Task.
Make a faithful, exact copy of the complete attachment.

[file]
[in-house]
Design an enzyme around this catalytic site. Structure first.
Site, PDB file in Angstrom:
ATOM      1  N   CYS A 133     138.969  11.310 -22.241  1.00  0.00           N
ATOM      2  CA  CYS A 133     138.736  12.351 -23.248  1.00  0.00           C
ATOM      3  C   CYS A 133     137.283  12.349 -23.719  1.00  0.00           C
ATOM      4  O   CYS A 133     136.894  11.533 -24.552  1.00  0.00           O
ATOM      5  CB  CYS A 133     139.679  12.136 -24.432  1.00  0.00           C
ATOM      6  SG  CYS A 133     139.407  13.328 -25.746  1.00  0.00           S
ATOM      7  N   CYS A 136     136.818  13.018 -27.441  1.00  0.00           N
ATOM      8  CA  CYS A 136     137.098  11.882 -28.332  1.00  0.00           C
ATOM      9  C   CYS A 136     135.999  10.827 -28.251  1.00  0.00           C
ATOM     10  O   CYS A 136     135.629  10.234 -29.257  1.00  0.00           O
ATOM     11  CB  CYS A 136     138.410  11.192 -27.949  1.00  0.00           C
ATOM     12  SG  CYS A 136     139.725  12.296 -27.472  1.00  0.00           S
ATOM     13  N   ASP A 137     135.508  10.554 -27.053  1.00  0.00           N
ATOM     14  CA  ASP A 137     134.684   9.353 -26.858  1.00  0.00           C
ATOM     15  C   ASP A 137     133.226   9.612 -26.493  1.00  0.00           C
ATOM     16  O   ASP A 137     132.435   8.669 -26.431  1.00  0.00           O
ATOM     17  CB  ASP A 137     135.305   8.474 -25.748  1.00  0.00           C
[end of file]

[in-house]
Design an enzyme around this catalytic site. Structure first.
Site, PDB file in Angstrom:
ATOM      1  N   CYS A 133     138.969  11.310 -22.241  1.00  0.00           N
ATOM      2  CA  CYS A 133     138.736  12.351 -23.248  1.00  0.00           C
ATOM      3  C   CYS A 133     137.283  12.349 -23.719  1.00  0.00           C
ATOM      4  O   CYS A 133     136.894  11.533 -24.552  1.00  0.00           O
ATOM      5  CB  CYS A 133     139.679  12.136 -24.432  1.00  0.00           C
ATOM      6  SG  CYS A 133     139.407  13.328 -25.746  1.00  0.00           S
ATOM      7  N   CYS A 136     136.818  13.018 -27.441  1.00  0.00           N
ATOM      8  CA  CYS A 136     137.098  11.882 -28.332  1.00  0.00           C
ATOM      9  C   CYS A 136     135.999  10.827 -28.251  1.00  0.00           C
ATOM     10  O   CYS A 136     135.629  10.234 -29.257  1.00  0.00           O
ATOM     11  CB  CYS A 136     138.410  11.192 -27.949  1.00  0.00           C
ATOM     12  SG  CYS A 136     139.725  12.296 -27.472  1.00  0.00           S
ATOM     13  N   ASP A 137     135.508  10.554 -27.053  1.00  0.00           N
ATOM     14  CA  ASP A 137     134.684   9.353 -26.858  1.00  0.00           C
ATOM     15  C   ASP A 137     133.226   9.612 -26.493  1.00  0.00           C
ATOM     16  O   ASP A 137     132.435   8.669 -26.431  1.00  0.00           O
ATOM     17  CB  ASP A 137     135.305   8.474 -25.748  1.00  0.00           C